Earl Mindell's New Herb Bible
By Earl Mindell, R.Ph., Ph.D.
The word herb has usually been used to refer to any plant or plant part valued for its medicinal, savory, or aromatic qualities. For the purposes of this book, herb means any plant or plant-derived substance that is primarily used for medicinal purposes.
There are approximately 380,000 species of plants on earth that we have identified, and several hundred thousand that have yet to be discovered. Right now, many scientists are desperately trying to catalogue the plants in the Amazon rain forest in the belief that there are thousands of potential plant cures that are rapidly being destroyed by development. Of the number of known plants, about 260,000 are classified as higher plants, which means that they contain chlorophyll and perform a process called photosynthesis. In photosynthesis, plants utilize the energy provided by sunlight to manufacture carbohydrates from carbon dioxide and water. All the members of the higher plant group have the potential to offer medical benefits. Only 10 percent, however, have actually been studied for this purpose.
In this book, I usually refer to each herb by its two names: the familiar name by which it is commonly known and a Latin botanical name describing its genus and species. The genus or first name is the general grouping of plants by family. Although plants in a given genus are not identical, they have certain similar characteristics. The species is a more specific way of defining each plant's distinctive qualities. For example, onions, garlic, and chives are all members of the Allium genus. However, each of these herbs is classified as a different species.
In rare cases, however, I do not include the botanical name for a particular herb. Some herbal products are not derived from the whole plant; rather they are biologically active extracts. A case in point is bromelain, an enzyme that is extracted from pineapple that is sold as bromelain, not pineapple. In other cases, an herbal supplement may contain a combination of herbs that are marketed under one name.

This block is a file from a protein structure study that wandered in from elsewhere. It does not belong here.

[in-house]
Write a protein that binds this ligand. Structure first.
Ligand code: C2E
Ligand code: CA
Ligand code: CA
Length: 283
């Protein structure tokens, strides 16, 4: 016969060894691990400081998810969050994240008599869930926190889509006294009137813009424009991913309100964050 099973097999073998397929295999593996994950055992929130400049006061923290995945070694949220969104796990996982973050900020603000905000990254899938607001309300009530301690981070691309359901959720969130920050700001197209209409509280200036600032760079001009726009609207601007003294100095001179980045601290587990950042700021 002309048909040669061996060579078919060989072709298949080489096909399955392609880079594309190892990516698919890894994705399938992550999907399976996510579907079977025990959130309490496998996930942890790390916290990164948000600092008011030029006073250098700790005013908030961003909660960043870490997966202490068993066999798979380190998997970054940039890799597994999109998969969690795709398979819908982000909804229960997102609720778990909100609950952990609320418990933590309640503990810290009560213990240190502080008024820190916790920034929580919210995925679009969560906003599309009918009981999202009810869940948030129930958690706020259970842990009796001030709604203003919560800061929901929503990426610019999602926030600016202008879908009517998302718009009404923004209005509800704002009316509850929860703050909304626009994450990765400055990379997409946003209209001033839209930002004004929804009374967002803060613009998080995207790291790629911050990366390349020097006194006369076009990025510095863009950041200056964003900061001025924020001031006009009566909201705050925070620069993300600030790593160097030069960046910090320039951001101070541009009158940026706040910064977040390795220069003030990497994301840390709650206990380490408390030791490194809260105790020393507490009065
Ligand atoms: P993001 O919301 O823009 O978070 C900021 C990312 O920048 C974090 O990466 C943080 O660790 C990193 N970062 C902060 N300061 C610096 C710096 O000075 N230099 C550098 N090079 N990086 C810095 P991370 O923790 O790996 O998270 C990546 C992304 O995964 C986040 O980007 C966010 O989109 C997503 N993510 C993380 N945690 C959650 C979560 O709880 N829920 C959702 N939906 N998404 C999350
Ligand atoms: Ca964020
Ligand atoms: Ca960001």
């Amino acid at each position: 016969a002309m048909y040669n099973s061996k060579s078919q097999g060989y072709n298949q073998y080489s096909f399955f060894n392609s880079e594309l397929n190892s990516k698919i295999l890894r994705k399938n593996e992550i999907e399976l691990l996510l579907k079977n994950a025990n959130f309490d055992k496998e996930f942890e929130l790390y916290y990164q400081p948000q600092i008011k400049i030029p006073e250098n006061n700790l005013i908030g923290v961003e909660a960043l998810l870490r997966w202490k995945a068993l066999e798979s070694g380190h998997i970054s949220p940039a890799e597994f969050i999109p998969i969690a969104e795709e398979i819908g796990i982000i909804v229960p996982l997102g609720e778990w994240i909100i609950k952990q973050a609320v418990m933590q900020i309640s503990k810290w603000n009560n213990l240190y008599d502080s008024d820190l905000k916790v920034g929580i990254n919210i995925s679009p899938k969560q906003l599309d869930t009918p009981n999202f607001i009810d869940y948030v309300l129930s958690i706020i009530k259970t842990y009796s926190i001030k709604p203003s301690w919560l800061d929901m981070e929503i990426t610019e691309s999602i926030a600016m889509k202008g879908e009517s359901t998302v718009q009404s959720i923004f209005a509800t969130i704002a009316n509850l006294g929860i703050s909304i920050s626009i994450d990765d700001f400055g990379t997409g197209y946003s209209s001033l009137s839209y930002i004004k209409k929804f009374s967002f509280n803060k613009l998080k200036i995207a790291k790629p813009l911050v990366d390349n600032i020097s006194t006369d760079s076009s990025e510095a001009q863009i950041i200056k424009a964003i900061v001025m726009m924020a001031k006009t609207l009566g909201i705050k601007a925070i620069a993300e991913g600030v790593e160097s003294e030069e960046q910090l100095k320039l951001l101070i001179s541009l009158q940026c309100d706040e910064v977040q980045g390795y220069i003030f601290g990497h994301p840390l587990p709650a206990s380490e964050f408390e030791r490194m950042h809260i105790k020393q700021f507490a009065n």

How Do Herbs Work?
The living cells of plants can be likened to miniature chemical factories. They take in the raw materials carbon dioxide, water, and sunlight, and convert them into useful nutrients. Oxygen is a by-product of this process. Herbs are a rich source of phytochemicals, compounds that are pharmacologically active, meaning that they exert a profound effect on certain animal tissues and organs. Therefore, they can be used as drugs in treating, curing, or preventing disease. A plant may consist of several components, including leaves, roots, fruit, flowers, bark, stems, or seeds. Any of these parts may contain the active ingredients that give the plant its medicinal properties.
The herbal pharmacy is a rich one. There are herbs that target specific organ systems, and there are herbs that are used as general tonics to promote overall health. There are herbs that soothe pain and inflammation, and still other herbs that work to reduce muscle spasm. Some herbs have a stimulating effect; others have a relaxing effect. Some kill bacteria; others activate the body's own immune system so that it can ward off invading organisms.
Many herbs contain antioxidants, important compounds that protect against potentially dangerous chemicals called free radicals. Free radicals are produced in our bodies as a natural byproduct of energy production. If not tightly controlled, free radicals can destroy healthy cells and tissues, and are believed to be a causal factor in many different diseases, ranging from Alzheimer's disease to cancer to heart disease. In fact, free radicals are a major culprit in the aging process itself! Our bodies produce antioxidants on their own, such as glutathione and Coenzyme Q 10. Vitamins C and E are well known antioxidant vitamins, but there are hundreds of other lesser-known but nevertheless important antioxidants found in herbs, as you will read in this book.